I’ve always been kind of amused by ads that emphasize “cosmetic” restorative dentistry. Restorative dentistry does what it says it does; it restores what’s been broken down or lost. The parameters range from a filling to an entire dentition. But shucks, unless we have way more vision than we really need, most molar jockeys use nature as our guide and work at mimicking what looks right.
So hopefully, we all do cosmetic dentistry. The alternative would be dentistry that looks like the bruins on offense. I don’t think so.
What’s really exciting about the way we do things these days is the distinction between getting a flat tire on your new ride and tooling around town on one of those funny little donut spares, as opposed to matching the three surviving tires and having the car detailed.
Dentistry today is more about the big picture; it’s comprehensive and built on long-term relationships. It isn’t about fixing a flat; it’s more like keeping the car looking good and running well for 200,000 miles
When I was a student, a patient would walk in with tooth decay visible only on an x-ray and walk out with a silver filling that could look like a black hole within months if it wasn’t polished like Mr. T’s ear rings. The filling would create risk for tooth fracture because it wasn’t temperature stable and was packed into a hole that undermined the structural integrity of the tooth.
These days, we can detect early tooth decay using a laser and be only invasive enough to get access to and remove the decay. Often, we restore the tooth with an adhesive agent and flowable resin that looks like tooth-colored liquid paper. The result is something that’s cosmetic/strong/natural looking because the care has been so conservative and the newer materials are so cool.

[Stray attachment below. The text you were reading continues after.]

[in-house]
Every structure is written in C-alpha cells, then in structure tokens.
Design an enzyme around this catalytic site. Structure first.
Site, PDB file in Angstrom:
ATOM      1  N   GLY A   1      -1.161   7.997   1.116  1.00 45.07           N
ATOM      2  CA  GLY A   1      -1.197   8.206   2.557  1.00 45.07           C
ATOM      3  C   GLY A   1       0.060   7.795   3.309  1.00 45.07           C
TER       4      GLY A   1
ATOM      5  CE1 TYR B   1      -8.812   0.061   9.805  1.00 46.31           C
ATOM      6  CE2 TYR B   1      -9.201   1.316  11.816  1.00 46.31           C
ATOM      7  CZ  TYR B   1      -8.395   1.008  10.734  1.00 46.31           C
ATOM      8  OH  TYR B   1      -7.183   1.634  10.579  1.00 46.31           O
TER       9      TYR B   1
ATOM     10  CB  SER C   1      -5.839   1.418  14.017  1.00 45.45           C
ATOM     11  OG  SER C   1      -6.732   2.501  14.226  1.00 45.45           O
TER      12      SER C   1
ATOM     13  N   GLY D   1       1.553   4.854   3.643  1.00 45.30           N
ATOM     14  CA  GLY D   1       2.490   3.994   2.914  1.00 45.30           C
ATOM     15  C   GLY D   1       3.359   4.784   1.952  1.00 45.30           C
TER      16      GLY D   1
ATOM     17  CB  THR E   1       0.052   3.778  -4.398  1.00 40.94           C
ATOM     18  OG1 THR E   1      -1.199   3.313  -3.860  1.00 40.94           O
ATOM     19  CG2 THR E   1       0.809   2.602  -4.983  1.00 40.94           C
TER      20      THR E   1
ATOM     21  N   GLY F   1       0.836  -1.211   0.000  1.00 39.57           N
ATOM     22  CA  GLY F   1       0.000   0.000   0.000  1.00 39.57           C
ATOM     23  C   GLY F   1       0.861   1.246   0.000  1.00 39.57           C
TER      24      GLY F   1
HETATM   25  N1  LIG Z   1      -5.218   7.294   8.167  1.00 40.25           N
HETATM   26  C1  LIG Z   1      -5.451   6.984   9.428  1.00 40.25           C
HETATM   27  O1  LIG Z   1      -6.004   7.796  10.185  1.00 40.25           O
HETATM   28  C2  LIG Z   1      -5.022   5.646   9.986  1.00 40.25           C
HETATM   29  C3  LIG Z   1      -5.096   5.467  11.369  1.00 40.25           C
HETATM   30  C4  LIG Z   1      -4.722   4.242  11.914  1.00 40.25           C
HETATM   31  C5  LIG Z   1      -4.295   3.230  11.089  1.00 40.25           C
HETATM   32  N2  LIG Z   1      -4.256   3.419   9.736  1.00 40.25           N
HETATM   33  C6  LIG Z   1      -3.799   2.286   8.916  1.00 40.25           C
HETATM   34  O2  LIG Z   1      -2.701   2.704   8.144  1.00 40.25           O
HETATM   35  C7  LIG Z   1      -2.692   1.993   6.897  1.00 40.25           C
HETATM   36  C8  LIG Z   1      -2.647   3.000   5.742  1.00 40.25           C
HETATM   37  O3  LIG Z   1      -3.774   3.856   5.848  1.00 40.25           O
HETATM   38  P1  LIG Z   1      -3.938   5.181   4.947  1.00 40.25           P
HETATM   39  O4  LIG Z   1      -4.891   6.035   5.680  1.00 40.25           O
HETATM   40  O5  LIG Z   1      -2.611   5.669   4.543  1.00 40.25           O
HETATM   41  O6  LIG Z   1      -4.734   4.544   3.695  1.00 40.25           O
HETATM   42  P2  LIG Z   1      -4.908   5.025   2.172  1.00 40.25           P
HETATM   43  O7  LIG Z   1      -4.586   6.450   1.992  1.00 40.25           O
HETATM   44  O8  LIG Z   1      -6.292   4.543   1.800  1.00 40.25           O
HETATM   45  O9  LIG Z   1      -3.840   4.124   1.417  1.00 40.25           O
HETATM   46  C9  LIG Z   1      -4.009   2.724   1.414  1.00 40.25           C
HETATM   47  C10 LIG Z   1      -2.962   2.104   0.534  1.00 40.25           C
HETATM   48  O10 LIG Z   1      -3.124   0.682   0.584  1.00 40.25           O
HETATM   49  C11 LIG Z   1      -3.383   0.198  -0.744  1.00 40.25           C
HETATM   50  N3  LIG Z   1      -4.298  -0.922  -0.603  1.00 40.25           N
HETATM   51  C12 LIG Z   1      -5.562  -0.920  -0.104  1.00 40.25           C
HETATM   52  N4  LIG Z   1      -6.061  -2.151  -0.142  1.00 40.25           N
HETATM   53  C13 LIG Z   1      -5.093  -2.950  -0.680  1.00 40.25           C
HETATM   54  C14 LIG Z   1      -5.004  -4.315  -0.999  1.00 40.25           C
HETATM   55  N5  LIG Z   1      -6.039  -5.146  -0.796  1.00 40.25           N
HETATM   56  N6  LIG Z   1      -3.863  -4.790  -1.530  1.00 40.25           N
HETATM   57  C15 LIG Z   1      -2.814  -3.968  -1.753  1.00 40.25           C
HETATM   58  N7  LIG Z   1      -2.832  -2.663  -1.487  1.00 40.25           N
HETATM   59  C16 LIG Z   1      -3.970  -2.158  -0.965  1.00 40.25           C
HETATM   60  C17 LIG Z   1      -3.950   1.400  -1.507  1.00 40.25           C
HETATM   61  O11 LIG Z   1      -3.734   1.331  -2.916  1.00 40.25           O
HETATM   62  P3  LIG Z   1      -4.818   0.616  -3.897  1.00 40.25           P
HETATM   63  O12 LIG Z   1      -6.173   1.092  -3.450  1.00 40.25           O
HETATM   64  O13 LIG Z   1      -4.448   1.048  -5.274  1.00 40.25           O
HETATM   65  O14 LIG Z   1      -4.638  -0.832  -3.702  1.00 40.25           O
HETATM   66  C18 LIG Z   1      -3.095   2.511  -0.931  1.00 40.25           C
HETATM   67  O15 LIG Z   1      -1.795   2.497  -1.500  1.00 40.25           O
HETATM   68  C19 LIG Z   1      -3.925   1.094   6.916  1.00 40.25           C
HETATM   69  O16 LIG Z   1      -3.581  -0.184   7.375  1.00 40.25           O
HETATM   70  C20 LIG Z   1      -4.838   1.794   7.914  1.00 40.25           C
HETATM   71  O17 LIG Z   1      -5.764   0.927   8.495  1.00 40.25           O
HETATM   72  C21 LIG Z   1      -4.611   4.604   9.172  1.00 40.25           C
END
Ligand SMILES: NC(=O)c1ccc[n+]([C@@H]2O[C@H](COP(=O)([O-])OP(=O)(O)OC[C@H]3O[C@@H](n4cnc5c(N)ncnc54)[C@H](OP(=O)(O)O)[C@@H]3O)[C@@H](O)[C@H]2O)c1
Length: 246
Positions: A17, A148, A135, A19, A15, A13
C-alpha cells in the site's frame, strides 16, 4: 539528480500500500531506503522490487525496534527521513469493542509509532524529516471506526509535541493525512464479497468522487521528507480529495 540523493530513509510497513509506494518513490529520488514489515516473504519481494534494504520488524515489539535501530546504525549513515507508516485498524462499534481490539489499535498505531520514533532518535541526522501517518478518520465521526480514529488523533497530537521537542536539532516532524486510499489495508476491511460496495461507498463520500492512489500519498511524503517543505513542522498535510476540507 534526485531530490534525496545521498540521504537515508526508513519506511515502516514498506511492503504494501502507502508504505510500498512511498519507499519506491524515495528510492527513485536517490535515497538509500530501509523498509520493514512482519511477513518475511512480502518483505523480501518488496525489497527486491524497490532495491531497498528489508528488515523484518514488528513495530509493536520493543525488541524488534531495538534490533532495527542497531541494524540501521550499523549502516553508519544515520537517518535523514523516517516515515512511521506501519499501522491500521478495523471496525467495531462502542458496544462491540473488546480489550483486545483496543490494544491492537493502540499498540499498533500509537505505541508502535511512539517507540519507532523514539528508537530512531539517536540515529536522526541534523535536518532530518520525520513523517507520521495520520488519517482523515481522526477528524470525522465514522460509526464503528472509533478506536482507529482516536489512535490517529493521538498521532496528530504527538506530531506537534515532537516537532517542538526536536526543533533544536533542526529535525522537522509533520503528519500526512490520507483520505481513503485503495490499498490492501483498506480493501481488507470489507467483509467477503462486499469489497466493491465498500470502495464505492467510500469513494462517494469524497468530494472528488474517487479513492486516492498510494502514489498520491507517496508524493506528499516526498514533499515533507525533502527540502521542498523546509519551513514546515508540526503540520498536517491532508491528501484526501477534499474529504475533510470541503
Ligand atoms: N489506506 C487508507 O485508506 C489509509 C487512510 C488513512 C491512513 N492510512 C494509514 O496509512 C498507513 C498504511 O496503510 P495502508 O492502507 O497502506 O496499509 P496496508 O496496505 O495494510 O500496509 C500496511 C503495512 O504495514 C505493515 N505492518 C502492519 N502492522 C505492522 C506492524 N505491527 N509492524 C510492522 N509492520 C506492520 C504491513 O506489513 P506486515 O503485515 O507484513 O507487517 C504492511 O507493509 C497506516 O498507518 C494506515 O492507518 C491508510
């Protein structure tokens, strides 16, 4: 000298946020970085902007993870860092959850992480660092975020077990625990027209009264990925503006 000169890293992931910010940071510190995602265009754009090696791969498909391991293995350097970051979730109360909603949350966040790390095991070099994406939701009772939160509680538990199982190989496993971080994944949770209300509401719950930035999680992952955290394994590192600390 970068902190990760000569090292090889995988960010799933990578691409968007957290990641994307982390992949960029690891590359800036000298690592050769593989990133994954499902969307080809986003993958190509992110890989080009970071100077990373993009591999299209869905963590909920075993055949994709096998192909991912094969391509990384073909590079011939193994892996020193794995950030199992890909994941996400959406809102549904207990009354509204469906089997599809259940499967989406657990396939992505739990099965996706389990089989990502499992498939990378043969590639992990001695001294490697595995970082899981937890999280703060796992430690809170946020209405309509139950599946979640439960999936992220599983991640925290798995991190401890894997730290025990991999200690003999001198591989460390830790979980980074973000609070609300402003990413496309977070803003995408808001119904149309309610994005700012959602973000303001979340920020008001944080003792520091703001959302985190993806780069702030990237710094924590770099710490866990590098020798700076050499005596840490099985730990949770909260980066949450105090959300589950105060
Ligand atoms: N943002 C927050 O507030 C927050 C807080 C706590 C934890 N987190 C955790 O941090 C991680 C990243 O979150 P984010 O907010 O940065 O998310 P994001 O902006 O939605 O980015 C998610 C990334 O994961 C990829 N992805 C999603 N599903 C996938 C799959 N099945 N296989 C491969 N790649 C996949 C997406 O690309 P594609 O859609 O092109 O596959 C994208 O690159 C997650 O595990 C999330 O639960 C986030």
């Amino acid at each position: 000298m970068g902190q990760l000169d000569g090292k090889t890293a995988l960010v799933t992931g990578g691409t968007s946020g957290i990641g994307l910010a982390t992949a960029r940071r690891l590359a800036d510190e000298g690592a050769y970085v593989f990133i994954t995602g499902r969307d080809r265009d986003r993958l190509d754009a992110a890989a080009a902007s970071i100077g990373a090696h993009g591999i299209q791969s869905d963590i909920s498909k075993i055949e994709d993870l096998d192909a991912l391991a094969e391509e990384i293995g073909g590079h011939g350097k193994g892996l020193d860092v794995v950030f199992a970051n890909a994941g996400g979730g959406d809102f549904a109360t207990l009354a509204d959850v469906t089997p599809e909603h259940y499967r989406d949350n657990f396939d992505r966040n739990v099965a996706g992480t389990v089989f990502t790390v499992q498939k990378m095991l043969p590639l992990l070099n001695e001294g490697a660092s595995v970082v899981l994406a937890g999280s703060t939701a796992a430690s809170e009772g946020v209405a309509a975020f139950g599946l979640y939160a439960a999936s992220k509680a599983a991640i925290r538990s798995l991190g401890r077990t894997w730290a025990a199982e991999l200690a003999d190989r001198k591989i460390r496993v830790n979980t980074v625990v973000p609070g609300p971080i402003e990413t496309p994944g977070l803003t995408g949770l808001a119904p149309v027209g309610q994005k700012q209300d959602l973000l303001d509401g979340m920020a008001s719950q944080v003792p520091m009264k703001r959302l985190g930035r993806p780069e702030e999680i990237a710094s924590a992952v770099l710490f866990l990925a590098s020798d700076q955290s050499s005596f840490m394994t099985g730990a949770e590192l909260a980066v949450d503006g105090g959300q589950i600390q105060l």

My dental materials guru who happens to have a PhD in Engineering to go with his DDS and a Masters in Materials calls the conservative approach “Tooth Bank Dentistry.” The less invasive we are in restoring mouths, the more we leave in the bank for the future as things wear down over time.
So today I’d root for the powder puff blue bruins before I’d do a crown on lower incisors or the upper laterals that flank the two front teeth; I’d restore ‘em with veneers. Why reduce small teeth to little stubs and cover ‘em up when sometimes a totally non-invasive 0.5 millimeter thick Durathin veneer can preserve strength and beautifully restore a natural appearance.
Posterior teeth that are fractured or are restored with big silver fillings and are at risk for fracture most often do not need crowns that cover the whole tooth. A better option is an onlay (covering only the top two millimeters.) If your head was a tooth, crowns fit like a bag; an onlay fits like a baseball cap. Tooth-colored onlays are beautiful, do not disturb the delicate environment at the gum line, and leave plenty of tooth structure in the Tooth Bank.
Restoring missing teeth with natural-looking implants means not having invasive procedures on neighboring teeth as is the case in a traditional fixed bridge.
Moving teeth into position with Invisalign can eliminate or diminish the need for veneers or crowns to create a beautiful smile…while creating an environment that is more conducive to sustained gum tissue health.
In dentistry, just doing the right thing produces the most cosmetic dentistry. Listening to the patient and understanding their vision, being conservative, and going for results that lean toward the norm and look right produces truly cosmetic dentistry. And hopefully, we’re all cosmetic dentists.
By Dr. Jack Von Bulow